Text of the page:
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Is There A Place for Me? Role Models and Academic Identity Among White Students and Students of Color


by Sabrina Zirkel — 2002

Role models have long been thought to play an important role in young peoples’ development. The present study explores the ways that race- and gender-matched role models can provide young people with a greater sense of the opportunities available to them in the world. A longitudinal study of young adolescents (N = 80) revealed that students who reported having at least one race- and gender-matched role model at the beginning of the study performed better academically up to 24 months later, reported more achievement-oriented goals, enjoyed achievement-relevant activities to a greater degree, thought more about their futures, and looked up to adults rather than peers more often than did students without a race- and gender-matched role model. These effects held only for race- and gender-matched role models—not for non-matched role models. Finally, the results held irrespective of the educational achievements of the specific role model. Data are discussed in terms of their implications for our understanding of the ways that young people become invested in academic pursuits and the means by which we might be able to assist goal development among young people.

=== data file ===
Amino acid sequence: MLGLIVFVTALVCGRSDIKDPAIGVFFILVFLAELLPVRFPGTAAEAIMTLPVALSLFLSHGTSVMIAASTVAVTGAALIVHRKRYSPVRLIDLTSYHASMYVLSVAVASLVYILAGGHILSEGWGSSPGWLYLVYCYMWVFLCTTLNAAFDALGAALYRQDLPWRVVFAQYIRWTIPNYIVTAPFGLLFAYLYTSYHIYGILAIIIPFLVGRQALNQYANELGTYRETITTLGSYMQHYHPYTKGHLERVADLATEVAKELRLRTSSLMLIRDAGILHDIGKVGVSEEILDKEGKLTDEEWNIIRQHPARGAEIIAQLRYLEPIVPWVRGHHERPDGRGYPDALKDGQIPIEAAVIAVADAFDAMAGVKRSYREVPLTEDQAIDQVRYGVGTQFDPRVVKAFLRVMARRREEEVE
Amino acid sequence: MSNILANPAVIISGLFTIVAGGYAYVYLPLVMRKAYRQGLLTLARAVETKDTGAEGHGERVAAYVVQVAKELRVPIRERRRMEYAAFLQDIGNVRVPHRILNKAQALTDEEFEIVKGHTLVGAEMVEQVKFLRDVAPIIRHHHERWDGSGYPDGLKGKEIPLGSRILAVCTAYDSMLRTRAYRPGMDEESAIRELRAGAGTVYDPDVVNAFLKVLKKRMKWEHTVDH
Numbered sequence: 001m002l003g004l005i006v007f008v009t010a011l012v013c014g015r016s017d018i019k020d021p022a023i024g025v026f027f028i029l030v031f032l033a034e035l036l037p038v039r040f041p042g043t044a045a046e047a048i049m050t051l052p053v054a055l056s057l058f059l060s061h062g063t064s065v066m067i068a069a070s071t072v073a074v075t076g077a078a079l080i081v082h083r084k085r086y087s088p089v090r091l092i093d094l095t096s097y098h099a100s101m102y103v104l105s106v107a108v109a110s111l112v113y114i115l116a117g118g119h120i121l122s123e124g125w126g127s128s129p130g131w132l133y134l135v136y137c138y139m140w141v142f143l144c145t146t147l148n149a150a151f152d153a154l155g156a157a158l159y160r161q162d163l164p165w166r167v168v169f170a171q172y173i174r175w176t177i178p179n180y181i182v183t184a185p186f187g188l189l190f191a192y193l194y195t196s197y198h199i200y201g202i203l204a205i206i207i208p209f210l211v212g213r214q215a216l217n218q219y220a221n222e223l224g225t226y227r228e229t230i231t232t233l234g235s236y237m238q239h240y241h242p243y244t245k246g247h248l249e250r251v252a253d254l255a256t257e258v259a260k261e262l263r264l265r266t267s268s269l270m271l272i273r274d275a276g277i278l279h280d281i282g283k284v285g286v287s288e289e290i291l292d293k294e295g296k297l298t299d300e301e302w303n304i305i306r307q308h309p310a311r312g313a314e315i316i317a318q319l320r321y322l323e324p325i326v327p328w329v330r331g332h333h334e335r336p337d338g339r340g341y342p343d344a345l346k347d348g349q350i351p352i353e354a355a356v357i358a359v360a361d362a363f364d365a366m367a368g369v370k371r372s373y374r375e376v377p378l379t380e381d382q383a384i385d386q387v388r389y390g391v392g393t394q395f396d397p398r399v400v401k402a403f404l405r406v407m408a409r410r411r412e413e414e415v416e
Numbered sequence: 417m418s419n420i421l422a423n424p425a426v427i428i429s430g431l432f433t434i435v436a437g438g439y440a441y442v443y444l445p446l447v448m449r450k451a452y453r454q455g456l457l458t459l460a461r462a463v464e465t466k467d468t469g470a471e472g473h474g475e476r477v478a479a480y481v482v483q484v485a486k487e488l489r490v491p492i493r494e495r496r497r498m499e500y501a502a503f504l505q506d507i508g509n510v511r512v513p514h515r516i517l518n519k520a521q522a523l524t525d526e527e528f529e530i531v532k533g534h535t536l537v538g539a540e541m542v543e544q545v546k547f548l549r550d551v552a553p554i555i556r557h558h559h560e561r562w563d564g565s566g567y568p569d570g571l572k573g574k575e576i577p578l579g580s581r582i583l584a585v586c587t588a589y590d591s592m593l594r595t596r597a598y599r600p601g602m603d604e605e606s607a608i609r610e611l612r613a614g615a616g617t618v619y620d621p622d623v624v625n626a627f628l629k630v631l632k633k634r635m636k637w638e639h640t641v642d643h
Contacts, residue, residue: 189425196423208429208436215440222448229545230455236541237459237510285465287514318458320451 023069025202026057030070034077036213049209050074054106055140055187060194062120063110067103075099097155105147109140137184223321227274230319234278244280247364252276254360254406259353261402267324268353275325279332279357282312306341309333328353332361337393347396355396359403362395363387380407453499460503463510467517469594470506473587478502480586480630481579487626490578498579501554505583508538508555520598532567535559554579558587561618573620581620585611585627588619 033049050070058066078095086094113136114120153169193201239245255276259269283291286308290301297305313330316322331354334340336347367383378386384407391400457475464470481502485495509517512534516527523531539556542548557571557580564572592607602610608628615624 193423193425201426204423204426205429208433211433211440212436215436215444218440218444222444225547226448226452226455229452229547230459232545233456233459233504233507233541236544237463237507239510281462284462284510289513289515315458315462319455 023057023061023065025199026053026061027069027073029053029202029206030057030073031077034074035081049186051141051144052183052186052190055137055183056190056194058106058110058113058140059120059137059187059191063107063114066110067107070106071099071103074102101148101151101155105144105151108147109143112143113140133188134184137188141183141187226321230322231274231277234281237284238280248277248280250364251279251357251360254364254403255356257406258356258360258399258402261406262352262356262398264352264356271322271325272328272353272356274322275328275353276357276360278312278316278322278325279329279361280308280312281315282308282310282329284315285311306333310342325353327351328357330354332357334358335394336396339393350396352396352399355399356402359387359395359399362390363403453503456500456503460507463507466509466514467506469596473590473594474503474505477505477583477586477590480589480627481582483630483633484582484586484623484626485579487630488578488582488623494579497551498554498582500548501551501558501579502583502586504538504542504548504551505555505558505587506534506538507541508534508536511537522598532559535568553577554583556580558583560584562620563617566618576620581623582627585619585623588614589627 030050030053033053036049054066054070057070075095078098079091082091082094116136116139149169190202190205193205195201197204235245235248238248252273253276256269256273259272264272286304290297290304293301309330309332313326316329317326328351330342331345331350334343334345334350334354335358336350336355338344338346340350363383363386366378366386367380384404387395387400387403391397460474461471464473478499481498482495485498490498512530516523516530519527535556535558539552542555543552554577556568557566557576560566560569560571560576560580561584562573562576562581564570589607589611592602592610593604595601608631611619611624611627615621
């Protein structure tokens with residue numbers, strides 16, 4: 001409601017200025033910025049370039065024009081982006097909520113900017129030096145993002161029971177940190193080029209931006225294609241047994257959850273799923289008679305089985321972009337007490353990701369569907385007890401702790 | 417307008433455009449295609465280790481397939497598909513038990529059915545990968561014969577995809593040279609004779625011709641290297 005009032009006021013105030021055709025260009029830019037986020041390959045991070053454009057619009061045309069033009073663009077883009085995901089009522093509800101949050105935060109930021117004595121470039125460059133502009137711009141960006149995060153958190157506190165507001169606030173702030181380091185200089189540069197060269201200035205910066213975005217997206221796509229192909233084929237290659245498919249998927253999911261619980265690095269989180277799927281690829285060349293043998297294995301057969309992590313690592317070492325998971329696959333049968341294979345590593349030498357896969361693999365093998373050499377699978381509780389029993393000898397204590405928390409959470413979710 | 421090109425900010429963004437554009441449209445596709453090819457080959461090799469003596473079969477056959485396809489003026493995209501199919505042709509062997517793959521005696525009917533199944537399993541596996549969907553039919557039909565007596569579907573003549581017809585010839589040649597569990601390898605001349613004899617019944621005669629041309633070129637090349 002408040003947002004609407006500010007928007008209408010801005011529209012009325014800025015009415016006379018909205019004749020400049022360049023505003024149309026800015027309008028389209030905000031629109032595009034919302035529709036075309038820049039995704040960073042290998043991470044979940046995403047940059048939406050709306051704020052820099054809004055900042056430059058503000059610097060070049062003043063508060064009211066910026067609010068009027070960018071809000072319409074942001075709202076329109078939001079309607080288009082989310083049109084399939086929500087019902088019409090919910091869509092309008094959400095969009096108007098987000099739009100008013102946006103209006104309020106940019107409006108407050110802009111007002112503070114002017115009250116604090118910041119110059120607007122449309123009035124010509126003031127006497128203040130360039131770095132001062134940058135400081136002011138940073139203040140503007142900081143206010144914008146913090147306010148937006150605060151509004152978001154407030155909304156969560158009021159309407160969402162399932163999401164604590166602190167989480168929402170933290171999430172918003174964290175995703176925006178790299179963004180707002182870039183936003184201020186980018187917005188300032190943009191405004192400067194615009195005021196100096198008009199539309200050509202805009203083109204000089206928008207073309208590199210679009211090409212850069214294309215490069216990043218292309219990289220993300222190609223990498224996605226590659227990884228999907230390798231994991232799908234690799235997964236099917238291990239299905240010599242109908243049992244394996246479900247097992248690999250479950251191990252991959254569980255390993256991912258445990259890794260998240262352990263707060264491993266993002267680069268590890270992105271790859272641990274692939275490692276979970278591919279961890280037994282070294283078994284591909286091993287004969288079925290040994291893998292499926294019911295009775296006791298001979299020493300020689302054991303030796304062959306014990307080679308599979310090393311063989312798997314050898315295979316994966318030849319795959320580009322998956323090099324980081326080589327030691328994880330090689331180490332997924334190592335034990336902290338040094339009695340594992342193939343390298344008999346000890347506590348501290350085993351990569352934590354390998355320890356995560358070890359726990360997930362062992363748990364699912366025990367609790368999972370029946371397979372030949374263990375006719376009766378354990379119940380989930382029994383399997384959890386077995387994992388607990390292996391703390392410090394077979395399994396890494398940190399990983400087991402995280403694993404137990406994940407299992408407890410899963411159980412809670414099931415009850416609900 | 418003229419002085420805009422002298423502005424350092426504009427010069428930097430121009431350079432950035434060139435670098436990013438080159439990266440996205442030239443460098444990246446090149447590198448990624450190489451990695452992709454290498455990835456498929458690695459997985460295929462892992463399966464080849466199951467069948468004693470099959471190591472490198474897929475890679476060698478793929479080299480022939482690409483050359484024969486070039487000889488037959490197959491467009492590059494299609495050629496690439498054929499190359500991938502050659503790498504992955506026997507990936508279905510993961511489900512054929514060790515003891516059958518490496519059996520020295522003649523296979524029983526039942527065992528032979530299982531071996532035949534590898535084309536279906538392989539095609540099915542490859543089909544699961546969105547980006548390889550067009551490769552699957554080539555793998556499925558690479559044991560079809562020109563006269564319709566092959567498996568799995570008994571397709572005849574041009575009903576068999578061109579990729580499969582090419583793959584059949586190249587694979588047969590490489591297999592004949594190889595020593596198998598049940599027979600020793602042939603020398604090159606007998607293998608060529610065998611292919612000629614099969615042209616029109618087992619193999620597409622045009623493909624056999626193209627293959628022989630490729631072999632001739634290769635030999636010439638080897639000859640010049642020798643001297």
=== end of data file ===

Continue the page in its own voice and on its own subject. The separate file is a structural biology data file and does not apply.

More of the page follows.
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Cite This Article as: Teachers College Record Volume 104 Number 2, 2002, p. 357-376
http://www.tcrecord.org ID Number: 10832, Date Accessed: 10/24/2017 3:43:40 AM

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About the Author
  • Sabrina Zirkel
    Saybrook Graduate School and Research Center
    E-mail Author
    SABRINA ZIRKEL, Ph.D., is an Associate Professor of Psychology and Director of the Social Transformation program at Saybrook Graduate School and Research Center. Her research interests include the development of self and identity, with an emphasis on the development of specific academic identities among students of color and women. Recent publications include a chapter on social intelligence in the Handbook of Emotional Intelligence and papers on informal barriers to women in engineering.
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